Monday, May 7, 2012

Ravi Zacharias on Race and Homosexuality

This quote got me thinking...
"The reason we are against racism is because a person's race is sacred. A person's ethnicity is sacred. You cannot violate it. My race is sacred; your race is sacred; I dare not violate it. The reason we react against the issue of homosexuality the way we do is because sexuality is sacred. You cannot violate it. How do you treat one as sacred and desacrelize the other? Sex is a sacred gift of God. I can no longer justify an aberration of it in somebody else's life than I can justify my own proclivities to go beyond my marital boundaries.

Every man here who is an able-bodied man will tell you temptation stalks you every day. Does it have anything to do with your love for your spouse? Probably not, because you can love your spouse with 100% desire to love the person, but the human body reacts to the sight entertained by the imagination and gives you all kinds of false hints that stolen waters are going to be sweeter. They are not. They leave you emptier. So a disposition or a proclivity does not justify expressing that disposition and that proclivity. That goes across the board for all sexuality.

When God created mankind and womankind, it was His plan, not our plan. It is extraordinary what He said. He said, 'It is not good for man to live alone.' Well, man wasn't living alone; God was with him. Why did He say that? He created the mystique and the majesty and the charm and the complimentary nature of womankind in a way that made it possible for her to meet his emotional needs that God, Himself, put only within her outside himself from himself in her in that complimentariness. It is a design by God." -Ravi Zacharias*

My Thoughts

The Value of Race and Sexuality
Something that I want to point out: if God does not exist, race is not sacred, and neither is sexuality- there is no intrinsic value in either if God does not exist. If there is no value to be violated, there cannot be a violation. If God does not exist, anyone who stands against homosexuality is just as justified as anyone who promotes it, because a violation cannot occur on either side.

The problem, though, for the atheist comes when we realize that on that worldview, race also has no intrinsic value. If there is no value to be violated, there cannot be a violation. The person who promotes racial diversity is just as justified as the person who wishes to stifle it or even subjugate other races. Violation of a value cannot occur on either side if that value does not actually exist. (For more on this see "Martin Luther King Jr. vs. Evolution")

Morality Without God 

Moral Subjectivism
If we are to believe that what is "good" or "right" is determined by the individual, then racism, sexism, homophobia, and any other behavior can be said to be "good" and "right" by any individual. And another individual cannot say that that person is "bad" or "wrong" without appealing to their own individual morality. The result is a stalemate, until one overcomes the other ("might makes right"). This is called subjectivism.

Moral Relativism
If we are to believe that what is "good" or "right" is determined by a culture or society (called relativism), we must remember that cultures and societies are made of individuals. However, this does add another interesting layer to the subjectivism described above. If the culture or society determines was is right, then there is no "right" way to change the culture or society. Anyone who speaks against the culture or society is committing a violation of that society's morals. The implications of this are that the stand against racism was wrong and the current stand against "homophobia" and traditional marriage is wrong. You cannot have both without being inconsistent (not that consistency has any "right" or "wrong" value in an atheistic worldview either).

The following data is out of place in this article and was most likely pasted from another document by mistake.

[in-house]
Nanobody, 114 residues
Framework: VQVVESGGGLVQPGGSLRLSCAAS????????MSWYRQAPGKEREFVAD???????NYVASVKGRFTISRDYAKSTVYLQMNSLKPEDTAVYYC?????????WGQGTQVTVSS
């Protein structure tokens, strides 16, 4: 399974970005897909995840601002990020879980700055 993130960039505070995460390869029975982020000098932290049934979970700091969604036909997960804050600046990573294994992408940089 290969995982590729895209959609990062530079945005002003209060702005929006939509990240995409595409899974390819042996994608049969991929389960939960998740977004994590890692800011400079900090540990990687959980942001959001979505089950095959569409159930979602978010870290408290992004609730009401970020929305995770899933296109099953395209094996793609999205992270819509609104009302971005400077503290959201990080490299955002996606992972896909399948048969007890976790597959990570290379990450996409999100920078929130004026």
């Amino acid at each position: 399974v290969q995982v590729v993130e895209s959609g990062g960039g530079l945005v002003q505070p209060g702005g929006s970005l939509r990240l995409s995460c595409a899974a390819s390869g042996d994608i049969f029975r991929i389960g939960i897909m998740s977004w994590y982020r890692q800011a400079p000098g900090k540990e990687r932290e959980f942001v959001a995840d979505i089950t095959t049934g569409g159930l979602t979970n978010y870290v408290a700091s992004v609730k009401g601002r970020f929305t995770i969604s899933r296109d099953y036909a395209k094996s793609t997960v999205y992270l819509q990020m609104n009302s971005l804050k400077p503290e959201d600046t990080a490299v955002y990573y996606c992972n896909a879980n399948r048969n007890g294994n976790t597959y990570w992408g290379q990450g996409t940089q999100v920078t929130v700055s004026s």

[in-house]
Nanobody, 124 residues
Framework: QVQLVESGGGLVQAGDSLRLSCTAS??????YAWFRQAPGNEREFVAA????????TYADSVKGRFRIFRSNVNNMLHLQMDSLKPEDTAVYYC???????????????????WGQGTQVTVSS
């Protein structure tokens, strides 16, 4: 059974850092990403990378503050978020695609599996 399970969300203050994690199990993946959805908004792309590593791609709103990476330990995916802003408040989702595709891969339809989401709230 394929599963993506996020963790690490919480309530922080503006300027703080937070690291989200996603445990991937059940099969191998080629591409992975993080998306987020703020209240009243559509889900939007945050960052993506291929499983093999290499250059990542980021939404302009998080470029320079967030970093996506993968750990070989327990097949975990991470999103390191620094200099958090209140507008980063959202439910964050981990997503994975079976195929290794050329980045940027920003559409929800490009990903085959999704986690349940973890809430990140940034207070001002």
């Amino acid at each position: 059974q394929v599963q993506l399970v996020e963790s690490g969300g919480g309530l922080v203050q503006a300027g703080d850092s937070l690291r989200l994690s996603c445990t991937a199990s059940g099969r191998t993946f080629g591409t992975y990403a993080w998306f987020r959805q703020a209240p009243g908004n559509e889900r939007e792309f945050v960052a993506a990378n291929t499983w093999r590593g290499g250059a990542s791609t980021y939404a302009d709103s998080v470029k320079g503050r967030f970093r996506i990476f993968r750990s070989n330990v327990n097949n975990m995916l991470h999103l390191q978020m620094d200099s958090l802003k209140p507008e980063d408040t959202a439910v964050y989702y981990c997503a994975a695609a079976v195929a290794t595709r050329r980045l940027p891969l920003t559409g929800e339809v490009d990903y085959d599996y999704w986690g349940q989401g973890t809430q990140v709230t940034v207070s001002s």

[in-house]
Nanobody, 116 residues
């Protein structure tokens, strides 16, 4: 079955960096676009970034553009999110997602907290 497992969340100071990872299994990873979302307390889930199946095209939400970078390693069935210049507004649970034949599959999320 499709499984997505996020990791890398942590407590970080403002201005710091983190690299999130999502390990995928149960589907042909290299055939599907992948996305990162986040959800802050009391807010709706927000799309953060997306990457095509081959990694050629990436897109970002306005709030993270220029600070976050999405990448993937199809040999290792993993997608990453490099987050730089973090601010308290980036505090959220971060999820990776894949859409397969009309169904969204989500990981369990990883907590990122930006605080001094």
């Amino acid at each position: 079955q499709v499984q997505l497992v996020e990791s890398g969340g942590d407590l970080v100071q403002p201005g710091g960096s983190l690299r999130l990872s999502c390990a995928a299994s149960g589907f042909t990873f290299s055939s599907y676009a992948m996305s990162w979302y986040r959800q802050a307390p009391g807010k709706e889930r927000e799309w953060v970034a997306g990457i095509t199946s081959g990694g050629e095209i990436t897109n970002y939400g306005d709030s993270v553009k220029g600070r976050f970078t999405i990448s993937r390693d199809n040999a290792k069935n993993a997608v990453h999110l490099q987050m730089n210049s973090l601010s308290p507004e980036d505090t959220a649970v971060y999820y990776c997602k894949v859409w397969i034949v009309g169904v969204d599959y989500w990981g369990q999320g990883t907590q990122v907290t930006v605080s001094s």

"Thriving of a species"
Another philosophy of morality that has become popular in atheistic circle is the idea that morality of an action or behavior should be based whether it promotes the thriving of a species. Any action or behavior that does so is considered "good" and "right". This can and does allow one to stand against racism; however, it does not allow one to stand against homosexuality. Homosexuality actually prevents the thriving of a species. If all members of the species were homosexual, the species would become extinct within a few generations (accidents of confusion are bound to occur, if you know what I mean). Even with some confused homosexual individuals, the population of the species would dwindle to extinction. Thriving is the complete opposite of extinction, and any behavior that would lead that way is wrong and bad on this view. Anyone who stands against a behavior that leads to extinction of a species is promoting the thriving of that species. Therefore anyone who stands against homosexuality is right, and anyone who support is wrong, on this view.

Consequences
On atheism, regardless of which moral philosophy you subscribe to, there are consequences that you will have to live with. However, if you deem those consequences "wrong", then you have just affirmed subjectivism, and you had better be prepared to argue and fight for your subjective view of morality, because others will be ready to argue and fight for theirs. However, if you believe that fighting is wrong, then you must face the reality that your combination of views will be removed from the scene. The only way for a view to survive the test of time (if atheism is true) is to have a violent adherent.